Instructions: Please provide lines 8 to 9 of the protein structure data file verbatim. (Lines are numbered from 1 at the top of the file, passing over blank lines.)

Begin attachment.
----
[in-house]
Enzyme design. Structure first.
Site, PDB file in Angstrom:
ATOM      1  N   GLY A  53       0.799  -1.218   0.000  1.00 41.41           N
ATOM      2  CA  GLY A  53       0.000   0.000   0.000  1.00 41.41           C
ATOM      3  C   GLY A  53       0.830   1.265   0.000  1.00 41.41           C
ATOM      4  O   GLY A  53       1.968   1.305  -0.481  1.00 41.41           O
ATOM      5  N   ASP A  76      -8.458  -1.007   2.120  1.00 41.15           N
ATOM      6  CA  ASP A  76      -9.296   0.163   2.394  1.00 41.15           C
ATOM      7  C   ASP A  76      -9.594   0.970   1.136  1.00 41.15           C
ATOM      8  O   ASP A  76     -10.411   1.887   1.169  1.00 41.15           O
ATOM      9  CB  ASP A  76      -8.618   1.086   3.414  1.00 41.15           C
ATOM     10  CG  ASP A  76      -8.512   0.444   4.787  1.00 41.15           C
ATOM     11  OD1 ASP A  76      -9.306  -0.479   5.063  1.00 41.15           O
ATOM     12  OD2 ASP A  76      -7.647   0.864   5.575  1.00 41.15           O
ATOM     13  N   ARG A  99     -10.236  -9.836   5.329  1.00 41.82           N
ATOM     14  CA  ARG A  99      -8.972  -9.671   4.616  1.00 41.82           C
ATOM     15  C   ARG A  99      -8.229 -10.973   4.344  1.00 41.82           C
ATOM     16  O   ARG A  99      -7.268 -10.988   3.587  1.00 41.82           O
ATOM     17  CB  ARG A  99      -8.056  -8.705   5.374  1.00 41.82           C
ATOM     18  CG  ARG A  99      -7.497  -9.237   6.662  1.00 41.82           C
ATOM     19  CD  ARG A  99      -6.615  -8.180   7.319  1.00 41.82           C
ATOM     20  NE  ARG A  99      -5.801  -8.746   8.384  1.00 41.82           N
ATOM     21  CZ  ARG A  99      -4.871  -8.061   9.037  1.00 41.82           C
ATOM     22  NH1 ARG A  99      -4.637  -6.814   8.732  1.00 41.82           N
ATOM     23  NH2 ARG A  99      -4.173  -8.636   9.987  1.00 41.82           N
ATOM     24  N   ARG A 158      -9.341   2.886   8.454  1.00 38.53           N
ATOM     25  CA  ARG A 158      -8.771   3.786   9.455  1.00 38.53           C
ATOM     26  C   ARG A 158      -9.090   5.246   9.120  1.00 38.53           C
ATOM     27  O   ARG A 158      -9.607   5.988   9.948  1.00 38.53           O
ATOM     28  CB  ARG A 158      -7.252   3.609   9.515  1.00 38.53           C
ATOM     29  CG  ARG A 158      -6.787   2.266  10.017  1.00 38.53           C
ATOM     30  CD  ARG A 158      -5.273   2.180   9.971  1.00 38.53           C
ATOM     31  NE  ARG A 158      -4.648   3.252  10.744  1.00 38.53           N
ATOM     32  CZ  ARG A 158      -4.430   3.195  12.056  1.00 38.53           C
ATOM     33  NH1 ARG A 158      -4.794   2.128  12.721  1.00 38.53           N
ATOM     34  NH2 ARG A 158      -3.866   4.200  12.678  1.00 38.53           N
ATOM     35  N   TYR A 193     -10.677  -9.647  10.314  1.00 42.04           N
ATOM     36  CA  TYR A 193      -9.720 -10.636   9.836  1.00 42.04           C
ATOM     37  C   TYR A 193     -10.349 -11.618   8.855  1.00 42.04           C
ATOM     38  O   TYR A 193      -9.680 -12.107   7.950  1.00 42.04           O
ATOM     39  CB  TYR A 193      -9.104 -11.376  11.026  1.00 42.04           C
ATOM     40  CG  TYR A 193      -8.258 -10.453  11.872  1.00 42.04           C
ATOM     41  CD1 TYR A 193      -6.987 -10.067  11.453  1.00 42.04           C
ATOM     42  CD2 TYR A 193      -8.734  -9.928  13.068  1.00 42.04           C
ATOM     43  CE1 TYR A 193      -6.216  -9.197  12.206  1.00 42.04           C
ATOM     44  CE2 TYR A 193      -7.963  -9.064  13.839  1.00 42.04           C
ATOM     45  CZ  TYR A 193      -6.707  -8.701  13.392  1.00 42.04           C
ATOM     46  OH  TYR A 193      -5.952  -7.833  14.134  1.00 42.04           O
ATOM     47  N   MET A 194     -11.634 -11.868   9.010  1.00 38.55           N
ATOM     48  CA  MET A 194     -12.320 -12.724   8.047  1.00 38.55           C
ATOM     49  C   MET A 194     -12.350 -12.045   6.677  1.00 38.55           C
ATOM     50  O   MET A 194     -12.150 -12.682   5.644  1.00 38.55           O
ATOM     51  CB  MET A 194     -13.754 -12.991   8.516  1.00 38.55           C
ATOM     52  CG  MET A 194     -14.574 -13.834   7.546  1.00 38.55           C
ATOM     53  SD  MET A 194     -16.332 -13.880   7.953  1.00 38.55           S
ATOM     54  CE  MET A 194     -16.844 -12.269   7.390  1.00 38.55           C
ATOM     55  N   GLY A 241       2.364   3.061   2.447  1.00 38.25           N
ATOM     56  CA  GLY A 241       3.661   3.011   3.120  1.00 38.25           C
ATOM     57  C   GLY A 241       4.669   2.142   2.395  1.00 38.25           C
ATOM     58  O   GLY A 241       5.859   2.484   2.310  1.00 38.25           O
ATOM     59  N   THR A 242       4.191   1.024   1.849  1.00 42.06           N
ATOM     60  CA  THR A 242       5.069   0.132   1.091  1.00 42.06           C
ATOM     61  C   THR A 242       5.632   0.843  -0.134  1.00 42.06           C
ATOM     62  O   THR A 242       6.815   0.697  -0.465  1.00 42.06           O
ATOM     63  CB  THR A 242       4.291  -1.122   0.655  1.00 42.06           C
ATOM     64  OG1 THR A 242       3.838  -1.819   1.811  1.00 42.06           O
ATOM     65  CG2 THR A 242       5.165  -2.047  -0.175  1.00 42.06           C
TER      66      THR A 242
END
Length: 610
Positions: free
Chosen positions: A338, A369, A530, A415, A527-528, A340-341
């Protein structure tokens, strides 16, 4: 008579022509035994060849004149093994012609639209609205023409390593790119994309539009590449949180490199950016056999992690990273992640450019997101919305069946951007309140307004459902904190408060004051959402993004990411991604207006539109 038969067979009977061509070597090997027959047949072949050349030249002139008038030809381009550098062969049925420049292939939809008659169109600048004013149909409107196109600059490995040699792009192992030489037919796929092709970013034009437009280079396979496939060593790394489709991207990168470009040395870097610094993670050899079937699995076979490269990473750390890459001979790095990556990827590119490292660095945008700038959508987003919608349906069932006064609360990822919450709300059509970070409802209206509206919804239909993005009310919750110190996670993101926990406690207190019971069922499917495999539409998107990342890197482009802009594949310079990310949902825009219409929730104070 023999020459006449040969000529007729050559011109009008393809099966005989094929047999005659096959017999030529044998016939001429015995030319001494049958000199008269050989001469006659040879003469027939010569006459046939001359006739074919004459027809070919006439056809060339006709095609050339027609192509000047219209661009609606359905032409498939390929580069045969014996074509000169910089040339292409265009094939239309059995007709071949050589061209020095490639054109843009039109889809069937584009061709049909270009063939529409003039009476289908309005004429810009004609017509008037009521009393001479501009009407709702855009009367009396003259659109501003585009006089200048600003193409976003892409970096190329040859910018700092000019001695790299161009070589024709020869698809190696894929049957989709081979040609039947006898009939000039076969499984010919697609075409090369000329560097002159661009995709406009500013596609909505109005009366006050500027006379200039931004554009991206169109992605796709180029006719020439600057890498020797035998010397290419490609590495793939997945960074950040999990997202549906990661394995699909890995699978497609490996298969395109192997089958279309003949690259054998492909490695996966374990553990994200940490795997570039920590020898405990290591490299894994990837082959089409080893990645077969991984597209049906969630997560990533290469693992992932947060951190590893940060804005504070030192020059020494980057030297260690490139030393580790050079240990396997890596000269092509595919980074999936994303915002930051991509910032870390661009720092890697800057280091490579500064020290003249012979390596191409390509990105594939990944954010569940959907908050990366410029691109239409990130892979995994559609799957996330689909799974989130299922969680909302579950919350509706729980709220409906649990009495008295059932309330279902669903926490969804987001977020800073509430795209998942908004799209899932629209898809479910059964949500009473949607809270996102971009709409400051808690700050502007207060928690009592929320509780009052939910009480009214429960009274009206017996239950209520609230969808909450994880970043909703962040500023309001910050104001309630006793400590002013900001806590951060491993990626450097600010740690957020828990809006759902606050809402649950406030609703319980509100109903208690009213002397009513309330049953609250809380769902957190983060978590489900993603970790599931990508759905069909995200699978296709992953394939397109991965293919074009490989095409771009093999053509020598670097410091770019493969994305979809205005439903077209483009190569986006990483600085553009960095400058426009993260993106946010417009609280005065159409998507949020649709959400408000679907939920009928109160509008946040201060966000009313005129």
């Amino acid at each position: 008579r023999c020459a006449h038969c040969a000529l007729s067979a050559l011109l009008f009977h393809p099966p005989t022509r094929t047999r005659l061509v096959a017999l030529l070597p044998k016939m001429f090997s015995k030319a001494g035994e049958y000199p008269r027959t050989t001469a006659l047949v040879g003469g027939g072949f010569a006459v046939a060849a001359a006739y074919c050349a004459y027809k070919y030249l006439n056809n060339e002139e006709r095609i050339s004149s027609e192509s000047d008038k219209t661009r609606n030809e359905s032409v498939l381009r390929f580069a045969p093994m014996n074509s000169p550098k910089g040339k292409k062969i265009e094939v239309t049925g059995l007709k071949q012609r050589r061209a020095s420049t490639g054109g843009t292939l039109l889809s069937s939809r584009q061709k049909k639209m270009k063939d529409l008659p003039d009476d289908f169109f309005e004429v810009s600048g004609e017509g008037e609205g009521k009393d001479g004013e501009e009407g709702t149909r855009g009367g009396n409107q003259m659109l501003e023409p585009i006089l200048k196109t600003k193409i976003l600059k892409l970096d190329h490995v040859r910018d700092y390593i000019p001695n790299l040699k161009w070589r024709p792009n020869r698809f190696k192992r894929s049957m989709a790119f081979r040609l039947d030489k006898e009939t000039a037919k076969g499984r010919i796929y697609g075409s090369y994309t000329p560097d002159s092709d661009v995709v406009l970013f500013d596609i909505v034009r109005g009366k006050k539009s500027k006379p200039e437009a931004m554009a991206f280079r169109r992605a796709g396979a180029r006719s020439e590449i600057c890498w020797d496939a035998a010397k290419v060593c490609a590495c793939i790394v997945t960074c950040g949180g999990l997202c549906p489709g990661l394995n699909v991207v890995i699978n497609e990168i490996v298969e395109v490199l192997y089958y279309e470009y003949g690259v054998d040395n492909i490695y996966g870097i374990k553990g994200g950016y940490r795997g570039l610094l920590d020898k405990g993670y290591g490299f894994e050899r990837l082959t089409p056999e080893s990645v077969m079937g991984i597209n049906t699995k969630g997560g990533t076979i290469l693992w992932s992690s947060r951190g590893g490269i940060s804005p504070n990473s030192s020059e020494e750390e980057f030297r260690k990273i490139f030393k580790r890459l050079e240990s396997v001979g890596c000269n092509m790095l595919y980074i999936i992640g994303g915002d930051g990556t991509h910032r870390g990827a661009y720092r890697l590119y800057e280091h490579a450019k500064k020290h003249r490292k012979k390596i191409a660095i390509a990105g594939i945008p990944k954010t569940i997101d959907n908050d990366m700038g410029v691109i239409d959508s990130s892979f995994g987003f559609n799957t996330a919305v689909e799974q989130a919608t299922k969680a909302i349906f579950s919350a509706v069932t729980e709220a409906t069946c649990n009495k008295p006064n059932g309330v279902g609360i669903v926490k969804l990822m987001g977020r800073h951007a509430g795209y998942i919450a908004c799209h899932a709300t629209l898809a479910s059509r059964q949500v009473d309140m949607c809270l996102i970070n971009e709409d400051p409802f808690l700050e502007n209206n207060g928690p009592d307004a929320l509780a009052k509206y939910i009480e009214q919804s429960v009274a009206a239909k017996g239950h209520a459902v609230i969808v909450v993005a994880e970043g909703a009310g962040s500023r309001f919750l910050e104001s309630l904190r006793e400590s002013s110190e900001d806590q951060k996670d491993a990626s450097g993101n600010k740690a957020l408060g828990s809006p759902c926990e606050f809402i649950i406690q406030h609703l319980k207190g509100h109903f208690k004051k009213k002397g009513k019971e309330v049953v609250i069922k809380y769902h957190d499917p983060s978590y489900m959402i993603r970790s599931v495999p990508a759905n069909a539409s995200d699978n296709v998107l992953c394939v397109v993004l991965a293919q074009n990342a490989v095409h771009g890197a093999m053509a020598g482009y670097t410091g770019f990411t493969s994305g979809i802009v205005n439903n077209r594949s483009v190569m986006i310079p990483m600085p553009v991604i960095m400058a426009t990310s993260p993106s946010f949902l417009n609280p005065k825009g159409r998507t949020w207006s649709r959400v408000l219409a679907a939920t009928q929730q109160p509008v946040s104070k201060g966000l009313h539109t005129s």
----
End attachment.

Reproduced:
ATOM      5  N   ASP A  76      -8.458  -1.007   2.120  1.00 41.15           N
ATOM      6  CA  ASP A  76      -9.296   0.163   2.394  1.00 41.15           C